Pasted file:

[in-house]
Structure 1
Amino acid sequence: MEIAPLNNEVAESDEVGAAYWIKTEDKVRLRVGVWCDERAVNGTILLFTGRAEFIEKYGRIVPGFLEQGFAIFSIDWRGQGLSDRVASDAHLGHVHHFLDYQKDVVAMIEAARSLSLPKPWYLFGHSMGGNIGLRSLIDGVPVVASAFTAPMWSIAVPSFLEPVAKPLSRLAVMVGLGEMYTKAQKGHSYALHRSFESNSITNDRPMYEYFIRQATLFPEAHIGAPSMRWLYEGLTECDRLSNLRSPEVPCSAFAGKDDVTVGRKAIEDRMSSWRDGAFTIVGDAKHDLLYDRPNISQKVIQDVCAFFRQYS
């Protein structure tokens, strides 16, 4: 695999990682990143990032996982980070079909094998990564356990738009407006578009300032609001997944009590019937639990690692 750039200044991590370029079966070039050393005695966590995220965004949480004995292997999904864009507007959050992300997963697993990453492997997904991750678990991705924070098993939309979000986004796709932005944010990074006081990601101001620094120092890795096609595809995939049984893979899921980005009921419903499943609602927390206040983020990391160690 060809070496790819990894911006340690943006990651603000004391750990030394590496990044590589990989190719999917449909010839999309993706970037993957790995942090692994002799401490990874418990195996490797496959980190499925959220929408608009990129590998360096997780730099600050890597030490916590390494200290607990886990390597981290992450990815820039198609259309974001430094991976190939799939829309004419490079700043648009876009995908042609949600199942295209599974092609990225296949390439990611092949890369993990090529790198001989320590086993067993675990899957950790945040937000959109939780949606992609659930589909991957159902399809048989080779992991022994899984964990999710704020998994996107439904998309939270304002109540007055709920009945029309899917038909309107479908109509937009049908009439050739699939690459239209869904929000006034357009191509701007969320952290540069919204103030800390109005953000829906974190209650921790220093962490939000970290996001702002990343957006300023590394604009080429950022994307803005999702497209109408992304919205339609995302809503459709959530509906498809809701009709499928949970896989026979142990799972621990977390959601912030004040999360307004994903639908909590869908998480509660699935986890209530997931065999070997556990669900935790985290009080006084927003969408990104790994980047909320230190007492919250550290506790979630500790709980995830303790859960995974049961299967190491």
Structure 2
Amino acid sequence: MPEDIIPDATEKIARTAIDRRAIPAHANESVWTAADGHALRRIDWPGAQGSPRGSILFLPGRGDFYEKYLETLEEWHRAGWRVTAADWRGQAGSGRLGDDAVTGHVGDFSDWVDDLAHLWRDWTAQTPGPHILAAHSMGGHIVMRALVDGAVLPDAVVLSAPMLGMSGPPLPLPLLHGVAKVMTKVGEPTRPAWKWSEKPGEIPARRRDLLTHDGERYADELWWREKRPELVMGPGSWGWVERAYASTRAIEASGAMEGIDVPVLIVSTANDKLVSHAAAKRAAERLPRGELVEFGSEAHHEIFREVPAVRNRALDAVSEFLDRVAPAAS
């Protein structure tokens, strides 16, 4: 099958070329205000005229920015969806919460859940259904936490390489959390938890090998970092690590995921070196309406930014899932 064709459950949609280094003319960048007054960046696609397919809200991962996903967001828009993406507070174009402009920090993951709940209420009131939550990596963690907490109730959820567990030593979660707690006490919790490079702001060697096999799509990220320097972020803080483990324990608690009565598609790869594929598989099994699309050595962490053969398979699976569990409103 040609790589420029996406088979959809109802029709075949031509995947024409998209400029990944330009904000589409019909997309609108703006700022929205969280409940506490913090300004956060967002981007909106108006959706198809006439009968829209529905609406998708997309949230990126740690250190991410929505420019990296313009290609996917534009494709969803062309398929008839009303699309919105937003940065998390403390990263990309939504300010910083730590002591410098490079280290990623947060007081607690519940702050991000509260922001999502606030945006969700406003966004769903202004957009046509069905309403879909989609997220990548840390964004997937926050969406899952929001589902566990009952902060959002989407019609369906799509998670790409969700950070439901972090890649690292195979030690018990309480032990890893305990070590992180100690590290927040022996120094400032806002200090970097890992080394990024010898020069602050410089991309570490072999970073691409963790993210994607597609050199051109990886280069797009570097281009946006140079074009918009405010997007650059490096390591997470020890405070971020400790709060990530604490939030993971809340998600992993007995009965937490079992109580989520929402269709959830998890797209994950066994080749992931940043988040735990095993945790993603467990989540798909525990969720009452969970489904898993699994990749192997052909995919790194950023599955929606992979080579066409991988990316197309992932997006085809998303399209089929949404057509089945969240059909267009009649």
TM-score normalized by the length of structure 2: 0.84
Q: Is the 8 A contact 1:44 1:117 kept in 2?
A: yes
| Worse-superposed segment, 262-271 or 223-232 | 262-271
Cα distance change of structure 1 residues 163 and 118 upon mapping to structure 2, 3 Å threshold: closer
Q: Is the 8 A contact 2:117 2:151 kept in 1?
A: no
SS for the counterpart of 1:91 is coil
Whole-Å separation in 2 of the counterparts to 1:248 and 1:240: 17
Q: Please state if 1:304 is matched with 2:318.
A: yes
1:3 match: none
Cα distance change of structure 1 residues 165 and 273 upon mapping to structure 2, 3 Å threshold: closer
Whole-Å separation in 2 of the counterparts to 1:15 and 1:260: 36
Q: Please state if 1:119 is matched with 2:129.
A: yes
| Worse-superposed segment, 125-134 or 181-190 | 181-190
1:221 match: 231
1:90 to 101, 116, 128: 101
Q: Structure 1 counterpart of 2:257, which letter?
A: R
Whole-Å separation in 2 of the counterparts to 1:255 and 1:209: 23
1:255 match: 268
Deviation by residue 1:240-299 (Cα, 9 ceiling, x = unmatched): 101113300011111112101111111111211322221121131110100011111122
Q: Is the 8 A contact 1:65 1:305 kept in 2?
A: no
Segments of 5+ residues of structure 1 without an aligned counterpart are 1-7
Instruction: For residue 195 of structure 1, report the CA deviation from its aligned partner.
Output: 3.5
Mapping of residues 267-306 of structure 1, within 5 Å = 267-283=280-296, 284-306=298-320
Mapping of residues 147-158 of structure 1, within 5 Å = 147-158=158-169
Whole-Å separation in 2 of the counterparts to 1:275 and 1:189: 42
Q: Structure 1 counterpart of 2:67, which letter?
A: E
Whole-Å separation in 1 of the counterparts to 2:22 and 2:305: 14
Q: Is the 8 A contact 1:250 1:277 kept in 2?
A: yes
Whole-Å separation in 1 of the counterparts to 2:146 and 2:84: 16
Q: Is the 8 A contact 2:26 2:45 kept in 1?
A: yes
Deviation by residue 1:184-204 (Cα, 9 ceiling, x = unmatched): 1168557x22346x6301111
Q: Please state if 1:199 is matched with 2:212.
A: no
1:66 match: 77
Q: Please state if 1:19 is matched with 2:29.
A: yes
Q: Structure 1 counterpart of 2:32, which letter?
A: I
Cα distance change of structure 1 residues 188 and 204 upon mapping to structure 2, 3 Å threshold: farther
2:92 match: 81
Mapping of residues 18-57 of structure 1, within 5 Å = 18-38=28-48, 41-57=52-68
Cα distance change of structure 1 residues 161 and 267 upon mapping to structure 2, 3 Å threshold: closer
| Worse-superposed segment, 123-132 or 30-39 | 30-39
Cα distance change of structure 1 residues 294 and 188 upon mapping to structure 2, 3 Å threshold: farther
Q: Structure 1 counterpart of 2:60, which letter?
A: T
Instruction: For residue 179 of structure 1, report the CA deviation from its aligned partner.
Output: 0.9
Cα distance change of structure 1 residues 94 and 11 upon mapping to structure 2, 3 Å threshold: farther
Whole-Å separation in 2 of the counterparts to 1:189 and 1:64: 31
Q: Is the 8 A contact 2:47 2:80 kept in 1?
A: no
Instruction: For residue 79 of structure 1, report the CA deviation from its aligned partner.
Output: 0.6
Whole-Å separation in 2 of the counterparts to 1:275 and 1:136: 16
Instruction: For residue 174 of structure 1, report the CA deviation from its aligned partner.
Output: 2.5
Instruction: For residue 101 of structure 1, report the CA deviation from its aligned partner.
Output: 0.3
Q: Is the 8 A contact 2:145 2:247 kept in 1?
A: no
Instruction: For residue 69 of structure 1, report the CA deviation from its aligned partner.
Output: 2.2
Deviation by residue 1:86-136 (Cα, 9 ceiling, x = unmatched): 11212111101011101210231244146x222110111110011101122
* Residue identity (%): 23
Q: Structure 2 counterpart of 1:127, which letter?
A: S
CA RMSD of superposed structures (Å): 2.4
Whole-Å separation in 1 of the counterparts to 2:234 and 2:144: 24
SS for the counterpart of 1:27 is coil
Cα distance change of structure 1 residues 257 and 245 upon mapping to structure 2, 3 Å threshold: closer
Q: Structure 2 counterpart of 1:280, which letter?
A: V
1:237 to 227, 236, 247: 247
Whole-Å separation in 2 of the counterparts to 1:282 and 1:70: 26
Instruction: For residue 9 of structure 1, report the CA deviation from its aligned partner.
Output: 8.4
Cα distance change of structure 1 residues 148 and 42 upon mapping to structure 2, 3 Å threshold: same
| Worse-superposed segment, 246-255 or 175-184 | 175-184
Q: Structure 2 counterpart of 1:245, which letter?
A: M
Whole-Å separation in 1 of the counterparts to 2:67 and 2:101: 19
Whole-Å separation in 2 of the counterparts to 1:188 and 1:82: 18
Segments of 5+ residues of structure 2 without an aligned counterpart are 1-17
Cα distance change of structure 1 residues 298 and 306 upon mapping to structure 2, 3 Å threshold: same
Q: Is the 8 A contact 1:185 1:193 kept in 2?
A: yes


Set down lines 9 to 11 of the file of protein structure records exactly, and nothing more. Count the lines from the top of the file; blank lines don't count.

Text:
Q: Is the 8 A contact 1:44 1:117 kept in 2?
A: yes
| Worse-superposed segment, 262-271 or 223-232 | 262-271